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Exploring Chinatown: A Children's Guide to Chinese Culture

by: Carol Stepanchuk

Berkeley CA: Pacific View Press 2002, Paperback
ISBN: 1-881896-25-0

Reviewed by: Jacqueline M. Newman
Fall Volume: 2004 Issue: 11(3) page(s): 21

The holidays are coming and the China Books catalogue introduced us to this oversized cultural gem that also doubles for small fry and bigger blokes. Geared to competent readers, its sixty-four pages are full of facts and fancies, illustrations and photographs. There is a plethora of pages and paragraphs about food, staying healthy, reading and writing, numbers and Chinese chess, festivals and family, temples and beliefs, art and performing arts, and Chinatown’s in the United States and Canada. Read about the Chinese character that requires the most number of strokes. It is for expressing xian or fresh and tasty; and it needs thirty-three brush strokes. It has another fascination. The character is written as the word yu three times. Those in the know, know that yu means fish. Want to know the longest character, as a pun? It is for the word 'inside.' Why, you ask? Because this character has the word 'mile' between the first and last of its strokes. Oh my, the things one can learn.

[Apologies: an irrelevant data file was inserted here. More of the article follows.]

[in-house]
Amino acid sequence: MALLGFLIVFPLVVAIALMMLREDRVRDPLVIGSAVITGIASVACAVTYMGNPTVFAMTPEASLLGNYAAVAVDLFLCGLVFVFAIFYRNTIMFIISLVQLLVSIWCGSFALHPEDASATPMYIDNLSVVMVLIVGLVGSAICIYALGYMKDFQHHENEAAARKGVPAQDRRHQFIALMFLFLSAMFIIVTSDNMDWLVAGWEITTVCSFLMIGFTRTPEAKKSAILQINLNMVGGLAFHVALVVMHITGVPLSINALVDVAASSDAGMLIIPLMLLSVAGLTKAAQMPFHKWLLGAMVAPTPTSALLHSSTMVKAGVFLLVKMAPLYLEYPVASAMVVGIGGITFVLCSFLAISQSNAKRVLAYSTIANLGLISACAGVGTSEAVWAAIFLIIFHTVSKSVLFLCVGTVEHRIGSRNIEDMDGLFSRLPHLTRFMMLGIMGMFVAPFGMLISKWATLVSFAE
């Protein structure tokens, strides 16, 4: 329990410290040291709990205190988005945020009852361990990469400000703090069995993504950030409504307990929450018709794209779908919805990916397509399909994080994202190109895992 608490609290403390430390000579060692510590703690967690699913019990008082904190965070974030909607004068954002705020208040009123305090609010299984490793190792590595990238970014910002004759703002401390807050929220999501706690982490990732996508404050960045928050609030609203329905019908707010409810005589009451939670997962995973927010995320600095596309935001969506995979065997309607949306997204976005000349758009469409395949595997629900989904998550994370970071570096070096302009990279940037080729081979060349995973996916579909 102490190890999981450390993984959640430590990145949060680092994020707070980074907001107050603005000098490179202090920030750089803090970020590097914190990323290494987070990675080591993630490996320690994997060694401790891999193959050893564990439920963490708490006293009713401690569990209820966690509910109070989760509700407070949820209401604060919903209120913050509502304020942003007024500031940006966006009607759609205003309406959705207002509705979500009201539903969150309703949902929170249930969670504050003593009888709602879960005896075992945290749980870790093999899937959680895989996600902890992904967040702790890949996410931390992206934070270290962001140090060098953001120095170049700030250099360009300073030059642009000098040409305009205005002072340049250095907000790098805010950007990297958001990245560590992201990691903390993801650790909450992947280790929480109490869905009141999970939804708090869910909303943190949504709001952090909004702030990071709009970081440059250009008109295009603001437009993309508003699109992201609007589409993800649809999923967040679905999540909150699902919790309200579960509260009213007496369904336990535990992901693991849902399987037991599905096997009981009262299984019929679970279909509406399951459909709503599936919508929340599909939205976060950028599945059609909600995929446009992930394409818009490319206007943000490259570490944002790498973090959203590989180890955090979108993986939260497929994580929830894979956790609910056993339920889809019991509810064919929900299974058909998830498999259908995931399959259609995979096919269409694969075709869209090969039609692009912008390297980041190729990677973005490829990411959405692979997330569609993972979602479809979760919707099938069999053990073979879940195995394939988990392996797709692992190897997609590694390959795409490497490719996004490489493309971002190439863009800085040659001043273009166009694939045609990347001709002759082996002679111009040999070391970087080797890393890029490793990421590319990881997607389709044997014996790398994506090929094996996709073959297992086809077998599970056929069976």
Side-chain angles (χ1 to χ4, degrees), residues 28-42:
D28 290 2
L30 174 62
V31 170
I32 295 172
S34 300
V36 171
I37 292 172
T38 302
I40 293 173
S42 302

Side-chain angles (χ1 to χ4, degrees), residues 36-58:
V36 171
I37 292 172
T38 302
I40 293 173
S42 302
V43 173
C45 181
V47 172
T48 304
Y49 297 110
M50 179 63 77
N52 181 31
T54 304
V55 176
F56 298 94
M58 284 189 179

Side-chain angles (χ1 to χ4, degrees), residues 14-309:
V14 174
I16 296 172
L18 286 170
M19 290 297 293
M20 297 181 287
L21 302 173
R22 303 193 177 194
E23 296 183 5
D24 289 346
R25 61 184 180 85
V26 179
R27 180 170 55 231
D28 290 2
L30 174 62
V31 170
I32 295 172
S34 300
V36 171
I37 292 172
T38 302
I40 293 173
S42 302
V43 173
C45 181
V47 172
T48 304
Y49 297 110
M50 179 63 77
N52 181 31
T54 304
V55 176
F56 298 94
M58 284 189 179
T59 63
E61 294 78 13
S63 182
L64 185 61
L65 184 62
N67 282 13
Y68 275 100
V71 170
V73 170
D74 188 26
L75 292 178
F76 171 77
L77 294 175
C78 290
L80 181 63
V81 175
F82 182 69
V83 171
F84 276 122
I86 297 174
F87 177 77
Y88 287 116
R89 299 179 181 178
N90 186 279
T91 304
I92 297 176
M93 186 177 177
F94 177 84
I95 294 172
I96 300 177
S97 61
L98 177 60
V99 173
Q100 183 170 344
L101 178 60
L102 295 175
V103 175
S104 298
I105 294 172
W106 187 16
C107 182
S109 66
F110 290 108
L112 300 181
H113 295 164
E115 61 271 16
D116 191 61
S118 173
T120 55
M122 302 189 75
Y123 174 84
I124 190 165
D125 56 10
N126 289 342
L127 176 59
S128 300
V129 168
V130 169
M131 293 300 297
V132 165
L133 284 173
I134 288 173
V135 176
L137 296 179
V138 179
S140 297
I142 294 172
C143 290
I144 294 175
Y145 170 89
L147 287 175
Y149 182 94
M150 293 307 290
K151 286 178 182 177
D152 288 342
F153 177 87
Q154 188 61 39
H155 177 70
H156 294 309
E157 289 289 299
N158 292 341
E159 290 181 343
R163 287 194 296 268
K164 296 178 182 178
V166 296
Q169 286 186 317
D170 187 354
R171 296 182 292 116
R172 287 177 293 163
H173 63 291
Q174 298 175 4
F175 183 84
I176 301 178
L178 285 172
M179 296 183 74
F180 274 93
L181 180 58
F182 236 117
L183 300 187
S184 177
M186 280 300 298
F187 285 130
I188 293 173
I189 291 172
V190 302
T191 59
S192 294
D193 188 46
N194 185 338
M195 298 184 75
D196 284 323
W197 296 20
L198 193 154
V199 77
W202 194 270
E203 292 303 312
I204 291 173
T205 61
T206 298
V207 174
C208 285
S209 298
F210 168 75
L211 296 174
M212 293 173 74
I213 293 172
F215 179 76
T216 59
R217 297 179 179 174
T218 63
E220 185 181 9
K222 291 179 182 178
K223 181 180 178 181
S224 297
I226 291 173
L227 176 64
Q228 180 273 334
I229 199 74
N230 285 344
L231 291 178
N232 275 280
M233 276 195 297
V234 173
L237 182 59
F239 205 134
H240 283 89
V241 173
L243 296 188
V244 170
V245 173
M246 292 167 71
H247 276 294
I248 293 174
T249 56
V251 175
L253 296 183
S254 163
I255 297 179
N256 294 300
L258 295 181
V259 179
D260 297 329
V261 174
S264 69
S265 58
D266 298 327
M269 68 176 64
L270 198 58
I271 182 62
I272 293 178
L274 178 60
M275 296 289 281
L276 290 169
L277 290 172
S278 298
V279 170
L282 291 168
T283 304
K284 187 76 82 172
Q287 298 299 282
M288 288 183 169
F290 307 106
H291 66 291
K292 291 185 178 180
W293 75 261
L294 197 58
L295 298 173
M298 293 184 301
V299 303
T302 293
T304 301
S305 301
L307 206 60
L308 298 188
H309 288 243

The food section is a yummy batch of pages. It discusses eating out, early Chinese restaurants, home cookery, many food facts, everyday snacks and holiday treats, manners at mealtimes, and much more. Foods are not only in that section, they are in almost every other one. The page about a Chinese family tree, clues us in to why the word for family is written 'pig under roof.' Counting shows how to read a restaurant check. Talking about one Chinatown tells about where and why the fortune cookie came into being; and on and on.

There is a recipe to make potstickers, instructions on making a brush painting, what eight items tell if you find them in pictures, who the eight immortals are, and how to identify and illustrate them; also what heroes and villains, warriors and bandits, and supernatural spirits look like and the colors that represent them.

This book delights and can be a welcome gift for those young at heart and those whose heart is in to things Chinese. If you know and like Mooncakes and Hungry Ghosts that was reviewed in Flavor and Fortune's Volume 8(4) on page 13, than plan early and treat yourself to this Stepanchuk volume. Reading it makes for a great holiday.(br>

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